Brent Holten, the owner of i.d. gym in Lincoln Park, Chicago explained that ‘i.d.’ stands for ‘independent,’ and signifies the independent spirit of the club’s members and staff.
Part of i.d. gym’s independent attitude comes from its untraditional start. Previously a Crunch Fitness location, the former owner had gone bankrupt. Unwilling to lose their favorite workout spot, Holten and a handful of other members quickly banded together to re-open the gym.
“The time from Crunch’s closing to our opening was less than two months, and in that time we raised start-up funds, bought used equipment, got our licenses and got our doors open,” explained Holten.
This posed some unique challenges for Holten and his start-up investors. “Besides having to open our doors so quickly, the country was in the depths of an economic panic,” explained Holten. “I heard a lot of ‘no, thank you’ from people as I tried to put the money together. Fortunately, my family and friends came through and we opened on a shoestring.”
This whirlwind club opening occurred in 2009. Since then, the club has transformed from a spur-of-the-moment club, into a successful facility with a loyal membership. Holten attributed part of this success to i.d. gym’s focus on personalized service.
“We are strongly committed to excellence in customer service,” said Holten. “We’ve heard [of members’] frustration with being double billed for their membership, unable to cancel if they move and not being able to get an actual person on the phone when they have a problem. That doesn’t happen with us. We’re there at the front desk every day and we work with our members to make their experience a positive one.”
In addition, Holten is prideful of the club’s group exercise classes, which he referred to as “innovative.”
“We’ve created our own signature classes — Fly Yoga and The Caveman Workout — which you won’t find anywhere else,” explained Holten. “We run more than 100 classes a week, including CrossFit, yoga, cycling, Parkour, kettlebells, barre class, kickboxing and more.”
Fly Yoga, which is taught by Holten, is a suspension yoga class that combines elements of traditional yoga with aerial arts. “[It’s] unlike anything else you’ll find in Chicago,” said Holten.
During The Caveman Workout, members “get primal” by using tires, sledgehammers, heavy ropes or kettle bells to experience a high-intensity strength routine. “We specialize in personalizing the group fitness experience in a friendly, neighborhood gym setting,” said Holten.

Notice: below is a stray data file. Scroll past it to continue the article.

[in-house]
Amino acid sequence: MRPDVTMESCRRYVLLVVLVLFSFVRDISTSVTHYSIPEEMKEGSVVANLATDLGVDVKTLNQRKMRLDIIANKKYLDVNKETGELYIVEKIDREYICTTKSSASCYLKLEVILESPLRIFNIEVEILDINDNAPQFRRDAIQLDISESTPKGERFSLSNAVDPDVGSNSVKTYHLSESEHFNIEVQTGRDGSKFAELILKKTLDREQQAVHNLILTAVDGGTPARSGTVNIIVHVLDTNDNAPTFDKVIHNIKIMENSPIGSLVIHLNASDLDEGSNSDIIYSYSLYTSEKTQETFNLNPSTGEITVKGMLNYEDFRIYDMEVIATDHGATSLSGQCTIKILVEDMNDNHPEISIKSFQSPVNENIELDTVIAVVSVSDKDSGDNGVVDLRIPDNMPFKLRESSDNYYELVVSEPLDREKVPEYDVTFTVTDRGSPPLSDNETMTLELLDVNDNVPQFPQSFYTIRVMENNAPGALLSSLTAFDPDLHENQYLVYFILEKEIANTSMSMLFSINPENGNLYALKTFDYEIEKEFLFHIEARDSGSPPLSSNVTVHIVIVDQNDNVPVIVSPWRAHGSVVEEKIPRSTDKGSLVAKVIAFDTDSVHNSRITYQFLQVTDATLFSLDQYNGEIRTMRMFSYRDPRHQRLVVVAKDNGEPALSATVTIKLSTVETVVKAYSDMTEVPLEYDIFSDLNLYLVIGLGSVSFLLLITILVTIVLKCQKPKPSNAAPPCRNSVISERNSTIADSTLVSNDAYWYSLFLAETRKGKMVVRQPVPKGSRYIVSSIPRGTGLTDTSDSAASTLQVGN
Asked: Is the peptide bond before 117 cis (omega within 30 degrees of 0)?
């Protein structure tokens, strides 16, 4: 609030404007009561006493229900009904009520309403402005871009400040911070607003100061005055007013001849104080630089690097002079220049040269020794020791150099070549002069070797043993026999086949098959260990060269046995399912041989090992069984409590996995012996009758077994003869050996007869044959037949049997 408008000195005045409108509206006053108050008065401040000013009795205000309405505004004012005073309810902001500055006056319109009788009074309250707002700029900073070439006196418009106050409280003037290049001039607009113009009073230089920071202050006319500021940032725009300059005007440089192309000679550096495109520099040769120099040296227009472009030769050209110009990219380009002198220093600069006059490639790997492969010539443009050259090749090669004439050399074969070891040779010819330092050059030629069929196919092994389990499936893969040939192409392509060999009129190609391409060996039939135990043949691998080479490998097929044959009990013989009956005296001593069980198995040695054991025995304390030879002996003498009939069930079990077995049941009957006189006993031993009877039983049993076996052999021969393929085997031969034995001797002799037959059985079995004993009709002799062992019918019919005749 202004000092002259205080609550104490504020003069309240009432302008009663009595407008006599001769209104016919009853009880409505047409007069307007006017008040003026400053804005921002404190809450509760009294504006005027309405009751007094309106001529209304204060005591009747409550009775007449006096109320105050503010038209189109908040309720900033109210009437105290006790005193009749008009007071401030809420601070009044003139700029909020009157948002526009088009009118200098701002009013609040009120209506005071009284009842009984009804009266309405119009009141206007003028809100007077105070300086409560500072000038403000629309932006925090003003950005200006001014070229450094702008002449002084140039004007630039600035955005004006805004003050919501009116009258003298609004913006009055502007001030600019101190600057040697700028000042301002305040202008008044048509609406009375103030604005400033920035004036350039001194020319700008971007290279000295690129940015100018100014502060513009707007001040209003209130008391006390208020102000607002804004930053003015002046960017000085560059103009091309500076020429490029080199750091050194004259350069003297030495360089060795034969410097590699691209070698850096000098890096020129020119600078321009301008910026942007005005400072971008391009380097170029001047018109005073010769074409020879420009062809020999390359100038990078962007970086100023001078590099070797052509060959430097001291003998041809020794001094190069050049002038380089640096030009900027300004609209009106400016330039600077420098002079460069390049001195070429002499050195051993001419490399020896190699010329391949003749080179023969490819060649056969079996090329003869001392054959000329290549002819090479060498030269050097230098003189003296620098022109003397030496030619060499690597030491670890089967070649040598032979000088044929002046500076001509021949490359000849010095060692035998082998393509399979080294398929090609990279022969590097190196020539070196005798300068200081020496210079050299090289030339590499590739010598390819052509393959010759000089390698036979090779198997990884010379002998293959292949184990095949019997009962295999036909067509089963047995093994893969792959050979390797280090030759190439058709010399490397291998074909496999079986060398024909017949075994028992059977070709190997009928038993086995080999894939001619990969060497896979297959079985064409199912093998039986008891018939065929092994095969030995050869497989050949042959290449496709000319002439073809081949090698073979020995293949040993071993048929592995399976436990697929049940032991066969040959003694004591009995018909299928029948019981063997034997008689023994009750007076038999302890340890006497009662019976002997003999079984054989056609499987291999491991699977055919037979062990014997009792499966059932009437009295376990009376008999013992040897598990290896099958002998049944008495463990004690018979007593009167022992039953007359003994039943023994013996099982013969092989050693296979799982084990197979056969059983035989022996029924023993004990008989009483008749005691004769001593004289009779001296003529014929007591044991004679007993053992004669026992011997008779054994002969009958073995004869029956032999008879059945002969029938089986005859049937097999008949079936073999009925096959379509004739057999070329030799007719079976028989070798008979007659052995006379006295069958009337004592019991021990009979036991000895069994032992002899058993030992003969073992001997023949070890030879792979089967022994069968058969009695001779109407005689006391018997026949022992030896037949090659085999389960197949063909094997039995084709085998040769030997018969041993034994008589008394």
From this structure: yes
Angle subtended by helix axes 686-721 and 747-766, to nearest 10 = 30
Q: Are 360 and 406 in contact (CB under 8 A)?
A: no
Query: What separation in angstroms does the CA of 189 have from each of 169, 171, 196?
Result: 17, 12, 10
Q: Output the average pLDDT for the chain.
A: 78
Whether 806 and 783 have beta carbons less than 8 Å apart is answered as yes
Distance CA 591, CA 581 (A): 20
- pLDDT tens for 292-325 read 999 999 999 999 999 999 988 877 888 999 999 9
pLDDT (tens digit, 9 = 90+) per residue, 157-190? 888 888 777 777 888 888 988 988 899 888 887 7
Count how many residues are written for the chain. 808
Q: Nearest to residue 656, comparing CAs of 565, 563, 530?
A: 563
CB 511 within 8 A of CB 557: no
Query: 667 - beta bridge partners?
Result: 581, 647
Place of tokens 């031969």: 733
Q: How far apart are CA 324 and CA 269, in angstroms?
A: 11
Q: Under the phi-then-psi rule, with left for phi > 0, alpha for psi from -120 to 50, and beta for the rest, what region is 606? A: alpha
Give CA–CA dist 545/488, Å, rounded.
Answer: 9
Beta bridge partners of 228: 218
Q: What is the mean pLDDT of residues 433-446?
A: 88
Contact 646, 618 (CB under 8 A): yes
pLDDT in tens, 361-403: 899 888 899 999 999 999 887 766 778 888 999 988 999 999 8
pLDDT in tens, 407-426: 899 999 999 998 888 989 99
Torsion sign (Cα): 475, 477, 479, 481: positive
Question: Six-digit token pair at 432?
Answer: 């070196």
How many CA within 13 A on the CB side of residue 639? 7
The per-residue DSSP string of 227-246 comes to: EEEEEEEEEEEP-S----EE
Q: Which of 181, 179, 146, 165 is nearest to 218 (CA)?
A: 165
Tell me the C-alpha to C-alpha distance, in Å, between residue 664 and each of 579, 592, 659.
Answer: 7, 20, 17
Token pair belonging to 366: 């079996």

During his time as the owner of i.d. gym, Holten has seen employees and members come to think of the club as a second home. “I’ve watched many of our staff grow up since they were just out of high school,” said Holten. “Now, they’ve graduated [from college] and moved on to other careers, but they still work at the club part time and feel most at home there. We are a neighborhood gym, and we take pride in knowing all of our members’ names … people really respond to that personal touch in this impersonal world.”
The “personal touch” Holten referred to starts at member check in. If employees don’t immediately recognize a person, they ask for their name. “When you walk in the door at i.d. gym we don’t scan your membership card, we ask you how your vacation was or how your kids are doing in school,” said Holten.
Holten said he plans on continuing i.d. gym’s success by being committed to hard work, and setting a good example. “We all are committed to the club 110 percent,” he said. “If your staff sees you washing towels and lugging boxes, they know you don’t feel that it’s beneath you. I think every single one of us who works at i.d. gym has a strong personal interest in its continued success. That’s a rarity.”
By Rachel Zabonick